This word “mind” incidentally, is a word that was used in ancient wills, which like ours read, “I so and so, being of sane mind and in my right mind.” So a person, Paul says, ought to think of himself, just as he ought to think. We tend, of course, to be filled with egotistical kind of thinking. In Aesop’s Fables we read, ‘”t is easy for me to curry favor with myself.” “Walt Whitman wrote, ‘I find no sweeter fat that sticks to my own bones.” Max Stirner wrote a book on The Ego and His Own, in which he said, “Nothing is more to me than myself.” Now, evangelicals don’t say that, but the kind of things that they are doing today makes one wonder about it, whether they have bought that kind of philosophy. “Whether what I think and do in Christian, what do I care? Whether it is human, humane, liberal, or inhuman, inhumane, and illiberal, what do I care about that?” That’s the voice of arrogance and pride. What Paul is interested in is that we think rightly of ourselves.

Now, that’s the foundation of Christian ethics and Christian morality, to think of ourselves as God has intended that we should think of ourselves, and to be exactly what God intends us to be. Some of us cannot, however, help from creating the opinion of ourselves that we are cocky and conceited. I know that sometimes I create that impression, and I may be. But I know I have a lot of good friends in the ministry, and some of them create that impression, who are really not that way. The man who led me to the Lord was Donald Gray Barnhouse, and if you listen to him, many people were inclined to go out just as mad as they could be at Dr. Barnhouse. And someone would say to them, “Well, why are you mad?” “Oh he thinks so much of himself.” Well, Dr. Barnhouse taught with a great deal of dogmatism, but he was really, basically a very humble man. But he created this other impression. And there were a few who thought it was a true impression of Dr. Barnhouse. I’ve rarely run across any effective preacher who didn’t have some people who were anxious to knock him down a peg or two. Well, Dr. Barnhouse died, and he had married a second time, and his second wife had not lived with him very long. And she really did not know him quite as well as others. A friend of both of them went to visit her, and she said, “Can you not imagine Donald now? Donald is sitting near the feet of the Lord Jesus Christ, listening to his word. Can you not imagine that?” And my friend who is a preacher said, “Well, no I really cannot. But I can imagine it the other way around.” [Laughter] Well, that was not true of Dr. Barnhouse. He was a very humble man. I knew him well. But he did create that impression occasionally.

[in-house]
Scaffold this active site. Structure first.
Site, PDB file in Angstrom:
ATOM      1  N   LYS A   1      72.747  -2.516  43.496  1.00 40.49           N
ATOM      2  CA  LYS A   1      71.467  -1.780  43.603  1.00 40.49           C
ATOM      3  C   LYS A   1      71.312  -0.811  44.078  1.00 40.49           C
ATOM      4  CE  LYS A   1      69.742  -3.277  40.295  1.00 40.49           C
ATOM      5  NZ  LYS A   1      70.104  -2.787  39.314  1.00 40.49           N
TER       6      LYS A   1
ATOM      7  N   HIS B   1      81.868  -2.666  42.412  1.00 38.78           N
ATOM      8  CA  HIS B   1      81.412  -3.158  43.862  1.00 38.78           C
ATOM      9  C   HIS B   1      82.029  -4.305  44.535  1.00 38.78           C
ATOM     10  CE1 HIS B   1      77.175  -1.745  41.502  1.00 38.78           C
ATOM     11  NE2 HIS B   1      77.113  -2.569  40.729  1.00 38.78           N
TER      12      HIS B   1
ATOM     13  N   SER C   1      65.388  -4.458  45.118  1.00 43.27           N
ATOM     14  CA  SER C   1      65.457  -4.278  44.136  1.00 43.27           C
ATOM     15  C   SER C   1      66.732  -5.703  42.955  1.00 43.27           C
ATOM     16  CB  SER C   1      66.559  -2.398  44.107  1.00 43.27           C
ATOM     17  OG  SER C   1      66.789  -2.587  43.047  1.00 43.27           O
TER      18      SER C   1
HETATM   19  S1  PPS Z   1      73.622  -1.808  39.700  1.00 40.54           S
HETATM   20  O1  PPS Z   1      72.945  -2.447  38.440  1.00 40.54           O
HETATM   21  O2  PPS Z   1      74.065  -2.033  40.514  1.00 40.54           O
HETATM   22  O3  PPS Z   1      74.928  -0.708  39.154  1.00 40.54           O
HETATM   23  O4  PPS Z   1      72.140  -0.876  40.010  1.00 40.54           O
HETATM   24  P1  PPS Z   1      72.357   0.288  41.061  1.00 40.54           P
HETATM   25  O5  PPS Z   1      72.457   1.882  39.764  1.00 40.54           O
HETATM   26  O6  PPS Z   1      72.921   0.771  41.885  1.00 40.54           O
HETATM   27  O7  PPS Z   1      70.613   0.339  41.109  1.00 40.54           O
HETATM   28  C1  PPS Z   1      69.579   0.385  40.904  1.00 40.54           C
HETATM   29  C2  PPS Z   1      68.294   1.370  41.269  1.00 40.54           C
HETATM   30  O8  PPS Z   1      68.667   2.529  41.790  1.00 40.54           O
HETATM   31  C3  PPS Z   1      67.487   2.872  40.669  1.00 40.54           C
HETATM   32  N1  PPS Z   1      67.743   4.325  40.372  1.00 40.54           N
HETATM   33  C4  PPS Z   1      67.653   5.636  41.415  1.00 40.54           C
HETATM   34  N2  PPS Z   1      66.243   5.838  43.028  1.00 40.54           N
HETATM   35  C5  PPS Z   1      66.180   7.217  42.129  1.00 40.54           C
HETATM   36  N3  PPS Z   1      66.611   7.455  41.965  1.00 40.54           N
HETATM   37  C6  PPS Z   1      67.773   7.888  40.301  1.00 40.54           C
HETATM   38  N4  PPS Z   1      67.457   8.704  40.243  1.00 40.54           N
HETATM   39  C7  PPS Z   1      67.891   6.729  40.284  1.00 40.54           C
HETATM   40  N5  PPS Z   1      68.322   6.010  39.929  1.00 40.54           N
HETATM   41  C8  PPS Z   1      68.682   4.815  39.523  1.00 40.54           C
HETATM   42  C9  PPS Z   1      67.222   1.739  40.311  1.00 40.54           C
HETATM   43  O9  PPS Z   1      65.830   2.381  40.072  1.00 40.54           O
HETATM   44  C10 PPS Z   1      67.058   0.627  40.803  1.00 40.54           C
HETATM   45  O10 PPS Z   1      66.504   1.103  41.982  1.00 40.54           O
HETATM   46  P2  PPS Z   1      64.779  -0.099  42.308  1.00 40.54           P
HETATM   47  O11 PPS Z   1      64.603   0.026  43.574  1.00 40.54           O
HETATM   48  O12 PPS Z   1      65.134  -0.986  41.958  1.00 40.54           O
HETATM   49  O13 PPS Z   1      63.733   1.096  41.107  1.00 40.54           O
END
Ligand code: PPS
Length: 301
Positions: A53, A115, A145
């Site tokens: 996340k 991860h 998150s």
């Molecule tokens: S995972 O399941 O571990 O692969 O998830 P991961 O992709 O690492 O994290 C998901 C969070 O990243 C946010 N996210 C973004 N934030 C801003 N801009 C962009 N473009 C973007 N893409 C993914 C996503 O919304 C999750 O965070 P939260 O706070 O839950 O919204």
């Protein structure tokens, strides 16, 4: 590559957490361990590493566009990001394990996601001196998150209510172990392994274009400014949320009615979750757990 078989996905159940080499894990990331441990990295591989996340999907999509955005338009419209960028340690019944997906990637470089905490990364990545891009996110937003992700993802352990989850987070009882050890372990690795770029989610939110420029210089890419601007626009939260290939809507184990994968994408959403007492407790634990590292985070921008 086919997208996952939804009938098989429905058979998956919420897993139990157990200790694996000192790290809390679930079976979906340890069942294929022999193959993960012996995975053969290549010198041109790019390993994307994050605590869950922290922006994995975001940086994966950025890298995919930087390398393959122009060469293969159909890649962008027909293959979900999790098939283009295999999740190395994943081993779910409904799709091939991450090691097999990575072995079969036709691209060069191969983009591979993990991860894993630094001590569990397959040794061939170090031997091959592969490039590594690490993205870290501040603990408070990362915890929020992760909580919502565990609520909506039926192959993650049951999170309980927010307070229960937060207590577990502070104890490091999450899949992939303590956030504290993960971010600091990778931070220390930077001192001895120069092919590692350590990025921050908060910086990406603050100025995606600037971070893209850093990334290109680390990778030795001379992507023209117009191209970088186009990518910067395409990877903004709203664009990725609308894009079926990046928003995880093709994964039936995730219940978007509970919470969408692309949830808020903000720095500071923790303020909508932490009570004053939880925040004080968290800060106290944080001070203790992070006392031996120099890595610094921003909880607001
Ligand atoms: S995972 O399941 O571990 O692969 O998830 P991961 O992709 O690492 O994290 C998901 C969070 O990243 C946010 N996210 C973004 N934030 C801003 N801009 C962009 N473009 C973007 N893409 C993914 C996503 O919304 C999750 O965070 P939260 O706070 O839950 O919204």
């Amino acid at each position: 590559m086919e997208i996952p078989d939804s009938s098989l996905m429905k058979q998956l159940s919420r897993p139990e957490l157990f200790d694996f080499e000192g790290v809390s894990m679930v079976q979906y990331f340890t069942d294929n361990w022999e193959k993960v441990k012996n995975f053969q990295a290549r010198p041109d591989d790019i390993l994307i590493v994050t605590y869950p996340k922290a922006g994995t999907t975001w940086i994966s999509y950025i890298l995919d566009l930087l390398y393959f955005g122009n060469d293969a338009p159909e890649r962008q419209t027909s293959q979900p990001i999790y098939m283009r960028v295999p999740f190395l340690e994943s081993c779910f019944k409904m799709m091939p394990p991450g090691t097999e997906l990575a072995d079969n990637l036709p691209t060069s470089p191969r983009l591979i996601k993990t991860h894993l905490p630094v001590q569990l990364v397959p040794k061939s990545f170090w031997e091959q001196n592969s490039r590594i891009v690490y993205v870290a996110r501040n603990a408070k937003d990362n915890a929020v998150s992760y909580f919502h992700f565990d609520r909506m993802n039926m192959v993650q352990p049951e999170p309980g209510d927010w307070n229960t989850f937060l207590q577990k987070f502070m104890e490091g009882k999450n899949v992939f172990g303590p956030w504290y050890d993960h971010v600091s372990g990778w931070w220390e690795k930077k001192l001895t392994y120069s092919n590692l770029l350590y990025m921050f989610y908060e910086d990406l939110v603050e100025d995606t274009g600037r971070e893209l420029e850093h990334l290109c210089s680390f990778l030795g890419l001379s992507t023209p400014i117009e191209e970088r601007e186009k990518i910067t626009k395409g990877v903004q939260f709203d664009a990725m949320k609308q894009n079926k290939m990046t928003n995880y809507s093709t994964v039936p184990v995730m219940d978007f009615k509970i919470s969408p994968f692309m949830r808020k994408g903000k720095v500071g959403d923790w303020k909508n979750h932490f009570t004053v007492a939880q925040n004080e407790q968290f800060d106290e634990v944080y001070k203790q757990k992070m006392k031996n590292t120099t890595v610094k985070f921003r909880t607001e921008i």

What I think our Lord is talking about here is we ought to think of ourselves as we really are. Dr. Barnhouse was one the great preachers of his day, one of the clearest I’ve ever heard. And in the preaching in the doctrine of justification by faith, well, I’d give my right arm to be able to preach it as well as he preached it. But God’s given me certain gifts. He gave him certain gifts, and his was an outstanding gift. The apostle says that we are “to think soberly, according as God hath dealt to every man the measure of faith.” In other words, we are to think of ourselves just as the standard of faith given by God. And you’ll notice again the apostle stresses that faith is a gift. So we’re not to think more highly of ourselves than we ought to think, but we’re to think soberly, have true opinions of ourselves, just as God has dealt to every man the measure of faith, the standard of faith, the faith by which we believe, given by God.

Well, that’s the first exhortation, the second exhortation is the exhortation to unity, and the apostle begins again with a “for.” He’s explaining, “For as we have many members in one body and all members have not the same function: So we, being many, are one body in Christ, and every one members one of another.” The only self-existent isolated being in this universe is the Lord God. Now, he is excused from humility and from the necessity to be in unity with others. But he’s the self-existent being. He’s the being who is isolated. He dwells in heaven alone, but we are not isolated. We are members of a human race, and in the body of Christ, we are members of a particular body, and we are not self-existent. We depend upon God, and we also depend upon the manifestation of his grace through our fellow believers. And so, the apostle exhorts to unity. I don’t think, personally, that he’s agreeing with C.E.B. Cranfield in his recent commentary on the Epistle to the Romans. I don’t really believe that the apostle is expounding the church as the body of Christ at his point. I think he’s just using the simile of one body.